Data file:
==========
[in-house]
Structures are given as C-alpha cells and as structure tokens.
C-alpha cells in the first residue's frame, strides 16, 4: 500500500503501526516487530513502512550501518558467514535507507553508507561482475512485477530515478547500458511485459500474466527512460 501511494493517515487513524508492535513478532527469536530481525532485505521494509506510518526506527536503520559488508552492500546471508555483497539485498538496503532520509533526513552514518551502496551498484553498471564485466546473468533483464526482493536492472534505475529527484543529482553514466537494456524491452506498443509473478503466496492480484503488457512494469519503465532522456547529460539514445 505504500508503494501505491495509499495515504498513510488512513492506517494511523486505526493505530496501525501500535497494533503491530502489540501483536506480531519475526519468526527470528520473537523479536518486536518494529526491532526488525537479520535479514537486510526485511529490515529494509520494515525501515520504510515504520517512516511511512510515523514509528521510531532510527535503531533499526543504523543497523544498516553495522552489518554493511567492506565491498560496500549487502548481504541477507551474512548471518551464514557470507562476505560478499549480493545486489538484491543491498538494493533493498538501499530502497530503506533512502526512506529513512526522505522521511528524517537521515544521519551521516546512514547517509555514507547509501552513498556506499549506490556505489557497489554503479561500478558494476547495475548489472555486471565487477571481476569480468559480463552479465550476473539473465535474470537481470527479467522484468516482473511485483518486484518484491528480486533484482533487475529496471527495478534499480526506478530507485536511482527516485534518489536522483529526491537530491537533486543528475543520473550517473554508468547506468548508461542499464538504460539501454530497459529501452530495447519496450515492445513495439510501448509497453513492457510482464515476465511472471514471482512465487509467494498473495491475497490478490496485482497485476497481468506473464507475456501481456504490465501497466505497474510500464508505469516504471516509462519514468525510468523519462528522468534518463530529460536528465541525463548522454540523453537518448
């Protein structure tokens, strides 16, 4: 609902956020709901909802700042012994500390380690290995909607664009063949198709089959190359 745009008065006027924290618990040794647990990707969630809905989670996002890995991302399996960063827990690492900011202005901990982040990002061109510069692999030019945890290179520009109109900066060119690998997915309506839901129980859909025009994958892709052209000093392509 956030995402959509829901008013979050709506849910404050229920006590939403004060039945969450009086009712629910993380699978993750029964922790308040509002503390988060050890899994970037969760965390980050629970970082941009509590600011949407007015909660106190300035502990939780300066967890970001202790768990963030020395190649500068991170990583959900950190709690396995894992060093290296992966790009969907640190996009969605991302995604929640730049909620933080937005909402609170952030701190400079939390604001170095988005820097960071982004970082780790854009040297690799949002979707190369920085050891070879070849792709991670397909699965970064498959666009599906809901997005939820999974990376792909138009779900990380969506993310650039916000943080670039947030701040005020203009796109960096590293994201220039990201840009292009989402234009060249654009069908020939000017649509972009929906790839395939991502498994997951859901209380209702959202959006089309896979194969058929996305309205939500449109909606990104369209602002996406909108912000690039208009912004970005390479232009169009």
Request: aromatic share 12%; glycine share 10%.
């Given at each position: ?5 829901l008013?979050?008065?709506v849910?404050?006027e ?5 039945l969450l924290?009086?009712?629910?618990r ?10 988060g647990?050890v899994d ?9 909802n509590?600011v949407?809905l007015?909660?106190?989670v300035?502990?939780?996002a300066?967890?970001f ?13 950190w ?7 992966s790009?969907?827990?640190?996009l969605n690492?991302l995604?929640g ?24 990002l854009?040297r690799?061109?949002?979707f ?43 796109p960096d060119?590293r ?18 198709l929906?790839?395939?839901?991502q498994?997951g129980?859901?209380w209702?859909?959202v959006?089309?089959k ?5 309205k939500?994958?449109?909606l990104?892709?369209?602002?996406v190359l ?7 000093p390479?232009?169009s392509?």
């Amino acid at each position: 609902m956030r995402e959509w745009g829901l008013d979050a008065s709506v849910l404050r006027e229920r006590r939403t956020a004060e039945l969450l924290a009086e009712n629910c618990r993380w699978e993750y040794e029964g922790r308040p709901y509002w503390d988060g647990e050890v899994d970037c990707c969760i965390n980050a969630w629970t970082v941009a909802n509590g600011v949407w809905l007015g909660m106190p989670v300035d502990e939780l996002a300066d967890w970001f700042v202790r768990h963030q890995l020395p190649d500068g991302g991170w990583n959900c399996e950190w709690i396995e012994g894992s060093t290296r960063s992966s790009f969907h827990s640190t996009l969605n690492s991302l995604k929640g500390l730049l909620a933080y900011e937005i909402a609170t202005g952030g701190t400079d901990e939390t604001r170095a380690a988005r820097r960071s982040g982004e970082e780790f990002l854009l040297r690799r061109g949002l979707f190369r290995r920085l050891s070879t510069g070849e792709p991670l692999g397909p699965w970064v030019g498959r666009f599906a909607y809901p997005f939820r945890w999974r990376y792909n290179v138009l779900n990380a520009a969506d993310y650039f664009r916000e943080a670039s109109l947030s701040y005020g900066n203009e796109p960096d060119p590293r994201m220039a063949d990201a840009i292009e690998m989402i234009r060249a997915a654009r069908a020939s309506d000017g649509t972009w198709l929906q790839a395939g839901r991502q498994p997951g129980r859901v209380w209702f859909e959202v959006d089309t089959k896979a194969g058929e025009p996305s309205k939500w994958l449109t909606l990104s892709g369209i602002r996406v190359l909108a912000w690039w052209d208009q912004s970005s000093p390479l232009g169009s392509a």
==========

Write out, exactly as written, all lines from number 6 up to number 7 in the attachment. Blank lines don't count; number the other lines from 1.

């Given at each position: ?5 829901l008013?979050?008065?709506v849910?404050?006027e ?5 039945l969450l924290?009086?009712?629910?618990r ?10 988060g647990?050890v899994d ?9 909802n509590?600011v949407?809905l007015?909660?106190?989670v300035?502990?939780?996002a300066?967890?970001f ?13 950190w ?7 992966s790009?969907?827990?640190?996009l969605n690492?991302l995604?929640g ?24 990002l854009?040297r690799?061109?949002?979707f ?43 796109p960096d060119?590293r ?18 198709l929906?790839?395939?839901?991502q498994?997951g129980?859901?209380w209702?859909?959202v959006?089309?089959k ?5 309205k939500?994958?449109?909606l990104?892709?369209?602002?996406v190359l ?7 000093p390479?232009?169009s392509?």
């Amino acid at each position: 609902m956030r995402e959509w745009g829901l008013d979050a008065s709506v849910l404050r006027e229920r006590r939403t956020a004060e039945l969450l924290a009086e009712n629910c618990r993380w699978e993750y040794e029964g922790r308040p709901y509002w503390d988060g647990e050890v899994d970037c990707c969760i965390n980050a969630w629970t970082v941009a909802n509590g600011v949407w809905l007015g909660m106190p989670v300035d502990e939780l996002a300066d967890w970001f700042v202790r768990h963030q890995l020395p190649d500068g991302g991170w990583n959900c399996e950190w709690i396995e012994g894992s060093t290296r960063s992966s790009f969907h827990s640190t996009l969605n690492s991302l995604k929640g500390l730049l909620a933080y900011e937005i909402a609170t202005g952030g701190t400079d901990e939390t604001r170095a380690a988005r820097r960071s982040g982004e970082e780790f990002l854009l040297r690799r061109g949002l979707f190369r290995r920085l050891s070879t510069g070849e792709p991670l692999g397909p699965w970064v030019g498959r666009f599906a909607y809901p997005f939820r945890w999974r990376y792909n290179v138009l779900n990380a520009a969506d993310y650039f664009r916000e943080a670039s109109l947030s701040y005020g900066n203009e796109p960096d060119p590293r994201m220039a063949d990201a840009i292009e690998m989402i234009r060249a997915a654009r069908a020939s309506d000017g649509t972009w198709l929906q790839a395939g839901r991502q498994p997951g129980r859901v209380w209702f859909e959202v959006d089309t089959k896979a194969g058929e025009p996305s309205k939500w994958l449109t909606l990104s892709g369209i602002r996406v190359l909108a912000w690039w052209d208009q912004s970005s000093p390479l232009g169009s392509a």